At the Pioneer Press, Frederick Melo reports, “St. Paul Mayor Melvin Carter’s Twitter days aren’t over after all, despite a suspension that knocked him offline for days. The popular social media platform suspended the mayor’s official Twitter account (@MAYORCARTER) sometime after Sept. 11 for reasons not entirely clear. As of at least last Sunday, the account’s profile page simply indicated ‘Account suspended. … No further explanation was posted. As a result, the mayor’s Twitter history was also unavailable to public eyes, and his nearly two years of public statements on the platform were no longer visible. Carter’s more popular personal account (@melvincarter3) remained active.”


The Star Tribune’s Evan Ramstad reports, “Costco Wholesale Corp. will soon begin building a distribution center in Owatonna, its first in Minnesota. The 354,000-square-foot building is the largest of three that are rising this fall and winter on the west side of Interstate 35 that bisects the city about 60 miles south of Minneapolis-St. Paul. … Daikin, a maker of industrial air conditioners, and Minimizer, a maker of parts for semi-trucks and trailers, are also building new facilities in the Owatonna park. Together, the three projects will add about 400 jobs.”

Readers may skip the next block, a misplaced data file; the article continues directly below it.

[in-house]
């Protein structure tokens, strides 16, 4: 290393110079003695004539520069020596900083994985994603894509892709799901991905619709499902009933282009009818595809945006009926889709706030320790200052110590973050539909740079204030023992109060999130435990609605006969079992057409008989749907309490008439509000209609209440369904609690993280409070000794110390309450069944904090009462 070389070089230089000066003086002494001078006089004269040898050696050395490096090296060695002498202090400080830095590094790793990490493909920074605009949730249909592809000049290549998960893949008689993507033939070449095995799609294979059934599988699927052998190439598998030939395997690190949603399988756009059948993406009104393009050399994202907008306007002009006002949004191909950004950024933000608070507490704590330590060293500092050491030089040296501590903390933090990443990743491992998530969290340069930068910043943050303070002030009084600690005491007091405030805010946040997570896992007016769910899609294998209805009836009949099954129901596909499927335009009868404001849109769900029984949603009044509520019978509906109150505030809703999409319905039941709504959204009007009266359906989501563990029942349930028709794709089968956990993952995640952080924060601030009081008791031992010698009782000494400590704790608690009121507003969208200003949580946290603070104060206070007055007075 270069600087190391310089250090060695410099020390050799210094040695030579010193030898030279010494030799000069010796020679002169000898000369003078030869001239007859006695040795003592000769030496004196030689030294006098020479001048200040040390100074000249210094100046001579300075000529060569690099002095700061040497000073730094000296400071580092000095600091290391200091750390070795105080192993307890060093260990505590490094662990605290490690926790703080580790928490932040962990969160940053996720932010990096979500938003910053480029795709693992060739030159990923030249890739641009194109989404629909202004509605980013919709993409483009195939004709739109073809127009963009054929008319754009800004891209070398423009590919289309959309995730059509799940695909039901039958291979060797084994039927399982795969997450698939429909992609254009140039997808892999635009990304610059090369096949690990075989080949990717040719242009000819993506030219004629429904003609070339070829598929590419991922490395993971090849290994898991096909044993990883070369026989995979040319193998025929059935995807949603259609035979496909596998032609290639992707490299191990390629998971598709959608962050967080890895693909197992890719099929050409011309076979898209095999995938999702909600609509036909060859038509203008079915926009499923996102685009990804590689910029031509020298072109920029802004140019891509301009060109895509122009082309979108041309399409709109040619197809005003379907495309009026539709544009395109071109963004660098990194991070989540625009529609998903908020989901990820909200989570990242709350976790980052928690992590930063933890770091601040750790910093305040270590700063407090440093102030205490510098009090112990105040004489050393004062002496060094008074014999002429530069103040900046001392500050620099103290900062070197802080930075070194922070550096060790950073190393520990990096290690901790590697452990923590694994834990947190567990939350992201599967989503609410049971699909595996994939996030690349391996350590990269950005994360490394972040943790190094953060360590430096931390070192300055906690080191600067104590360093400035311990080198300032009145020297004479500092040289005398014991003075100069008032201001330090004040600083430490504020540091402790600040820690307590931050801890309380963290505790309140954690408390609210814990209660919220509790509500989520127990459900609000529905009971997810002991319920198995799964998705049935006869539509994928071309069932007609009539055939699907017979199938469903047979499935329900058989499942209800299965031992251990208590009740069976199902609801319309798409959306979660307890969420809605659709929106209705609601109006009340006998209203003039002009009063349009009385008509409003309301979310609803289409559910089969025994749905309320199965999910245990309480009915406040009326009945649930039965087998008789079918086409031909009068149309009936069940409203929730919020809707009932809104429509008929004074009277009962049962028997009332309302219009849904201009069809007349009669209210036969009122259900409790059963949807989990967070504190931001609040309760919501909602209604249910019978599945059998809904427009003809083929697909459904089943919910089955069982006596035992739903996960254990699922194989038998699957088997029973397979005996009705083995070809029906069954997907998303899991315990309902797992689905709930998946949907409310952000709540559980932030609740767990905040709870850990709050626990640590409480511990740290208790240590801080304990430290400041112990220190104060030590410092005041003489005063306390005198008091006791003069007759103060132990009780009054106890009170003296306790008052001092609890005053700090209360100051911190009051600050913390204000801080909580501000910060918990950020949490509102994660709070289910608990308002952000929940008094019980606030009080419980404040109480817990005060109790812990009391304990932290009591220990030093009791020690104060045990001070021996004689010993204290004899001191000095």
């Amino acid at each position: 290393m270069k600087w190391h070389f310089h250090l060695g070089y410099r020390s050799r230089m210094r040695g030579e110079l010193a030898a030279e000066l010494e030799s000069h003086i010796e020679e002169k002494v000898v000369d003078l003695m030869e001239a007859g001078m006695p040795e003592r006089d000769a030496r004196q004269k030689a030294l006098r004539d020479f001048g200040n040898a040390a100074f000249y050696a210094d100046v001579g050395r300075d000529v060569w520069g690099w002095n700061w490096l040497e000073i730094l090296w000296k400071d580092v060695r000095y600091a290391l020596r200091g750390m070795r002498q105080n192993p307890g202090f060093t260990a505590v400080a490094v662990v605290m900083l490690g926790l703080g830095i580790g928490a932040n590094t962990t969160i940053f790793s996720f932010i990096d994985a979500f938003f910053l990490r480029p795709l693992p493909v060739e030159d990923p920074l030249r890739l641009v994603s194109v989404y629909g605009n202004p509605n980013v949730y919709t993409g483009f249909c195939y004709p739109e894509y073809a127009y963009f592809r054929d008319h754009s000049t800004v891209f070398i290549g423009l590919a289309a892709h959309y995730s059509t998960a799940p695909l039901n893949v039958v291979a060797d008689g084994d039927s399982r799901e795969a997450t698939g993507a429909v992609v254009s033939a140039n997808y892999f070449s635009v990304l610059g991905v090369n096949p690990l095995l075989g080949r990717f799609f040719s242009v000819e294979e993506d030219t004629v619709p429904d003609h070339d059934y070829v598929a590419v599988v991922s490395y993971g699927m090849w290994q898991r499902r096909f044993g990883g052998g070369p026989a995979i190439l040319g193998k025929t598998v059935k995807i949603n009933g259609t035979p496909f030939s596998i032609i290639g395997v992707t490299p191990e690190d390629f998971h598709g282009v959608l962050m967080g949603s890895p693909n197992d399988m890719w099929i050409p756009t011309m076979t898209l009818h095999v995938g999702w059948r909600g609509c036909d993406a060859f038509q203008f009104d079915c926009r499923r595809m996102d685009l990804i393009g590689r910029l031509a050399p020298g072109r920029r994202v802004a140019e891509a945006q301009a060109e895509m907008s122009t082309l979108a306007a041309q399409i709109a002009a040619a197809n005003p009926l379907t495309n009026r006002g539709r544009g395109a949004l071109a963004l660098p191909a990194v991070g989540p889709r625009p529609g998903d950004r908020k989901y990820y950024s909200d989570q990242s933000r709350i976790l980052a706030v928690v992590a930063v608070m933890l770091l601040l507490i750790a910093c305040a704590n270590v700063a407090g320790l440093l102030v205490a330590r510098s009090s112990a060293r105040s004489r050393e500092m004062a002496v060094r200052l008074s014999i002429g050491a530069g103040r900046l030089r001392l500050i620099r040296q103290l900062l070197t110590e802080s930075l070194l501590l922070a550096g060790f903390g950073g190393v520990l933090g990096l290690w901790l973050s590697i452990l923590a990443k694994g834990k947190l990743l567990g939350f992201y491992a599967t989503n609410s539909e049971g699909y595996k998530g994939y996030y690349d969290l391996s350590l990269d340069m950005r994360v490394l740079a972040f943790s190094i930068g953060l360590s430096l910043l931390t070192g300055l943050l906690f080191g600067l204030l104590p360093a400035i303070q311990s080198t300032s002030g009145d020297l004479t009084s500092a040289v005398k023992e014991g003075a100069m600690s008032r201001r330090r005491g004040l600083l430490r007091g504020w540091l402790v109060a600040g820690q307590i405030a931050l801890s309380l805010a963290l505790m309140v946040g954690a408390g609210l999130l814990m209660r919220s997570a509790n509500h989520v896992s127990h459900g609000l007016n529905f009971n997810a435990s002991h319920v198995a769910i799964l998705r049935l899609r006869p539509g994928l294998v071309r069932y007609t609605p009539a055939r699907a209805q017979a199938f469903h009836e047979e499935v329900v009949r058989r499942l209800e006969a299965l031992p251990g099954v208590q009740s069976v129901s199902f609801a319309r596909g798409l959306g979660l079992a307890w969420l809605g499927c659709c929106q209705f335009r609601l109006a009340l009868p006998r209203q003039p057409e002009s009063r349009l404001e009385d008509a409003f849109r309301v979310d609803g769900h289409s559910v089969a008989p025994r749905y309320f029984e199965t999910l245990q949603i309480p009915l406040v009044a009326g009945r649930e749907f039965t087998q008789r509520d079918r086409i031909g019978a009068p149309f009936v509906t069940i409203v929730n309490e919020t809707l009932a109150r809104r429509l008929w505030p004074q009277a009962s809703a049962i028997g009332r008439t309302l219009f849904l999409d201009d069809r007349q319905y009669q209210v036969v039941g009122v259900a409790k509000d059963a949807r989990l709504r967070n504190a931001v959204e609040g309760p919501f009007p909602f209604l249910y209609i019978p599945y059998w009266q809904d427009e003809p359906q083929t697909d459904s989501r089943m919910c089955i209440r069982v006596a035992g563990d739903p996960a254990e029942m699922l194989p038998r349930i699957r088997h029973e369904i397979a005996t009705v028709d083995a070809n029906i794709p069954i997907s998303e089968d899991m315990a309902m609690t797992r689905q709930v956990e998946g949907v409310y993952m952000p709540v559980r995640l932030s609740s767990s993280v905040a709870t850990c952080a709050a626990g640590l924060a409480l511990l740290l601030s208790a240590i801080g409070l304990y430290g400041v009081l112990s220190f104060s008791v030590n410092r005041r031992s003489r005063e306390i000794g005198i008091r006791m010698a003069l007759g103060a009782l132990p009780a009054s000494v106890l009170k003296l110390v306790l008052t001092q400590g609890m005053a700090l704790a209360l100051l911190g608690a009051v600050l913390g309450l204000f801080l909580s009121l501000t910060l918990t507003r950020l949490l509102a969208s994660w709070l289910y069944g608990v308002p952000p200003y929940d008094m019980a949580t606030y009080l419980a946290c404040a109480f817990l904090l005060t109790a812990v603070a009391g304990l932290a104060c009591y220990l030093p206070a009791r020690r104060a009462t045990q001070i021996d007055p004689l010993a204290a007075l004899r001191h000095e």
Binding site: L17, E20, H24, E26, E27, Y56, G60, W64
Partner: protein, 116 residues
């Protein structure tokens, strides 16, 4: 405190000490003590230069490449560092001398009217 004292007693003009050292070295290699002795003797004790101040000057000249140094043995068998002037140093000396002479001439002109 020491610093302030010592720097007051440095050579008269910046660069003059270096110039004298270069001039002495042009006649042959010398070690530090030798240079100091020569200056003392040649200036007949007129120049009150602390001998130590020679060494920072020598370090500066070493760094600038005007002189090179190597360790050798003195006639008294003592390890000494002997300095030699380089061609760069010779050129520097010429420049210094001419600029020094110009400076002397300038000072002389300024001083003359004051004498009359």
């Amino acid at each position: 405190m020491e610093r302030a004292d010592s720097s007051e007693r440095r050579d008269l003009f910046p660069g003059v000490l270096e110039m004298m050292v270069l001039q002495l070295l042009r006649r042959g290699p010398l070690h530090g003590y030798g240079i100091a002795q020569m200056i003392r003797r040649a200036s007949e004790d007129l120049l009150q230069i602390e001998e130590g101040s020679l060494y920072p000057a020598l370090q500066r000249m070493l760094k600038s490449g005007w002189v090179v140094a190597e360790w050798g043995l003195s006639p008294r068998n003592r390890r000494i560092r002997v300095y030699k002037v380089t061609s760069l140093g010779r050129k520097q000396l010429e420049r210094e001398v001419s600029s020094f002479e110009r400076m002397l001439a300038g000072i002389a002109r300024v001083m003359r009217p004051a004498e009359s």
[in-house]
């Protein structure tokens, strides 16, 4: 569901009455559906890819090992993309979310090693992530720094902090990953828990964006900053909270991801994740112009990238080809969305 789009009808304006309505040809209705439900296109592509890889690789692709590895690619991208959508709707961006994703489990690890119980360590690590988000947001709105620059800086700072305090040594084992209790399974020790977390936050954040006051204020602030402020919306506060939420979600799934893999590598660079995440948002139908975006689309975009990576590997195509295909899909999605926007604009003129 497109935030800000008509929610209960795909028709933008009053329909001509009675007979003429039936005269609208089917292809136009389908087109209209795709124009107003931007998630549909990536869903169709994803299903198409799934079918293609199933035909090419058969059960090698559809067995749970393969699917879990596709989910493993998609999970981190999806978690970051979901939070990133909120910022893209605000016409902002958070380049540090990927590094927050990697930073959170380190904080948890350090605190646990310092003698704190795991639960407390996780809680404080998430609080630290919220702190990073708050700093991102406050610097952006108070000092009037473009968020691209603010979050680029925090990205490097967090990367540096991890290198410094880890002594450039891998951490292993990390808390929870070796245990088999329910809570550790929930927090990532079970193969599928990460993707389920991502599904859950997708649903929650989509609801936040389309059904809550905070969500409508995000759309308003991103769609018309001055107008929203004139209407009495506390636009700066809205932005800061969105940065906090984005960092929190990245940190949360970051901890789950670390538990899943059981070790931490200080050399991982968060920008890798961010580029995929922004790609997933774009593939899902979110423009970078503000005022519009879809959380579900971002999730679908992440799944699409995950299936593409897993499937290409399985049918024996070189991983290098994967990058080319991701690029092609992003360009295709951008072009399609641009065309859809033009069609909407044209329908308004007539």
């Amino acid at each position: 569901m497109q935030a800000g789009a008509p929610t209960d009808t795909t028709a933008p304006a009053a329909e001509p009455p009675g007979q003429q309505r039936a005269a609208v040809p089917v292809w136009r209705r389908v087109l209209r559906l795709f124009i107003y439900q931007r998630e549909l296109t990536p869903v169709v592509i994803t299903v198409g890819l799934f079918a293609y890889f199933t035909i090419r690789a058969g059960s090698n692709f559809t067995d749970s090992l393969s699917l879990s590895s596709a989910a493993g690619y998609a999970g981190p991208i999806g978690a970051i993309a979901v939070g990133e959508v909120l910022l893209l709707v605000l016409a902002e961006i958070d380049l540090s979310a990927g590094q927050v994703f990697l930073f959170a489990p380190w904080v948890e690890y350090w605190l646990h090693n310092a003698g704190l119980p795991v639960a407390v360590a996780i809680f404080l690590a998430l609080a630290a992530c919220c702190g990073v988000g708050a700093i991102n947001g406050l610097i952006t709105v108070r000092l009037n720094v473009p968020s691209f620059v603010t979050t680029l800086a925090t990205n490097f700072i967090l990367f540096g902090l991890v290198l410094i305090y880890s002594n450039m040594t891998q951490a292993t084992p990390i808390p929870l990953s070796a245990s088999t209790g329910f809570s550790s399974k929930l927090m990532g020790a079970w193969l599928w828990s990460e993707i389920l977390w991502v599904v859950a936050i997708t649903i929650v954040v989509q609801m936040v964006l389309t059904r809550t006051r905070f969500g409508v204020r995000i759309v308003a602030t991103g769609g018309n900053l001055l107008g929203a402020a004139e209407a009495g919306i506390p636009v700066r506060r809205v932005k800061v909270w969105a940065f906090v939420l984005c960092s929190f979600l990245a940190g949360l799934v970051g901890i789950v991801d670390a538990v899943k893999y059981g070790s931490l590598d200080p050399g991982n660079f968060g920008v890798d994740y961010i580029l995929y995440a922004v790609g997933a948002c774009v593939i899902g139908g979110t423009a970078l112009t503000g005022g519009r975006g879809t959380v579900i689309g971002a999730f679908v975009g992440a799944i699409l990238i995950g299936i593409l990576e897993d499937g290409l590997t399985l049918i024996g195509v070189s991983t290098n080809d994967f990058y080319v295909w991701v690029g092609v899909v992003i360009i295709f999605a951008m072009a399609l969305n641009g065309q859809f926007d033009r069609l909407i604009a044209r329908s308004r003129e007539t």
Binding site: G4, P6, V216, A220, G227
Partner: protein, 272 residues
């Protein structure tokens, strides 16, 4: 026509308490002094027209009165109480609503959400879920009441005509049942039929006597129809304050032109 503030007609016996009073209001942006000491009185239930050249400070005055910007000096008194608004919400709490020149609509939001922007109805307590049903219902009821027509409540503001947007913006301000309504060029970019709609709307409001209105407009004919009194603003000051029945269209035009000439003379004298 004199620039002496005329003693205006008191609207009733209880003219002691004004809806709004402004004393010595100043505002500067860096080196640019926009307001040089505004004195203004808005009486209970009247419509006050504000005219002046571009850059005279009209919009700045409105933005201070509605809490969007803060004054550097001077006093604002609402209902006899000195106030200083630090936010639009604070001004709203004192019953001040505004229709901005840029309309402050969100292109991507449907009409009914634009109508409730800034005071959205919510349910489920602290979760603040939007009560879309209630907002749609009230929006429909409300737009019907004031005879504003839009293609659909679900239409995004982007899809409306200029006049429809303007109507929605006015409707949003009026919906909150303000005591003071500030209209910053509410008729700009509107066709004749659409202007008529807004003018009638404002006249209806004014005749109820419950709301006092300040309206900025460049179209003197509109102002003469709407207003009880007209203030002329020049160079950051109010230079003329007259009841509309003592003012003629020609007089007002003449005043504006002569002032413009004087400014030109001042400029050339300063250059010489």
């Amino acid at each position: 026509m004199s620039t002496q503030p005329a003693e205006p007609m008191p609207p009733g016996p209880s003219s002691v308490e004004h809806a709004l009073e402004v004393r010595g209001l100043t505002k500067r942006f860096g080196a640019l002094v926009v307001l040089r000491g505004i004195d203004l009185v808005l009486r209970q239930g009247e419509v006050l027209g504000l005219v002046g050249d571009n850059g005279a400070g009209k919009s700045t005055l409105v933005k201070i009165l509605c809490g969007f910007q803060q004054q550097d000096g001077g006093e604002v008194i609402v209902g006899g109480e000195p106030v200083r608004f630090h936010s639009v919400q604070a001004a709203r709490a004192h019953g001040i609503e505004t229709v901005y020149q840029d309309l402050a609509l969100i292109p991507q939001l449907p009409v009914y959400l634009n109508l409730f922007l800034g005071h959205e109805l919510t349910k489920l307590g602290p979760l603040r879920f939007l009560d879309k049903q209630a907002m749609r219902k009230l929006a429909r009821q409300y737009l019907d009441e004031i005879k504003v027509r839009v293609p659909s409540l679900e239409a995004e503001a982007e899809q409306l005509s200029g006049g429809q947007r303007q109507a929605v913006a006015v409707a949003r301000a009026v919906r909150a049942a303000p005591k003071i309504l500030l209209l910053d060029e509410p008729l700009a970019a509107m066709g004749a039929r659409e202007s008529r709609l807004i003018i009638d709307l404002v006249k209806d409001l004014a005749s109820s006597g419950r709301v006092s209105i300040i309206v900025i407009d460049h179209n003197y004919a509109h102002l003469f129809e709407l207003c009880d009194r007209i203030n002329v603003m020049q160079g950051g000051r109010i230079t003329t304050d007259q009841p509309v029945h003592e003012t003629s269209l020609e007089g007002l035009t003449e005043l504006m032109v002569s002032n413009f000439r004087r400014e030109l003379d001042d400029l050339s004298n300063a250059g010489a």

Says Nora Dominick at BuzzFeed, “in the new book Generation Friends by Saul Austerlitz, it was revealed that Friends almost traded NYC for Minnesota during Season 5. … when Season 5 started, the writers wanted to use Monica and Chandler’s relationship to give audiences another plot twist. The idea was that the gang would ‘discover a magical Midwestern respite from New York, with cheap apartments, friendly neighbors, and subzero temperatures.’”

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Comments (2)

  1. Submitted by Pat Berg on 09/19/2019 - 07:13 am.

    Twitter’s statement on how it handles the accounts of “world leaders”:

    https://blog.twitter.com/en_us/topics/company/2018/world-leaders-and-twitter.html

    “Blocking a world leader from Twitter or removing their controversial Tweets would hide important information people should be able to see and debate. It would also not silence that leader, but it would certainly hamper necessary discussion around their words and actions.”

    So why is that limited to “world leaders” only? Shouldn’t the same logic apply to other leading politicians, too, such as St. Paul mayors?

    Why is it okay to suspend the mayor of St. Paul, but not the President of the United States? (whose account Twitter refuses to suspend, even after such actions as those noted by Ilhan Omar as putting her life at risk)

    • Submitted by Howard Salute on 09/19/2019 - 02:21 pm.

      Twitter ….”review Tweets by leaders within the political context that defines them”. The political context appears to be much broader for a world leader than a simple mayor from st paul.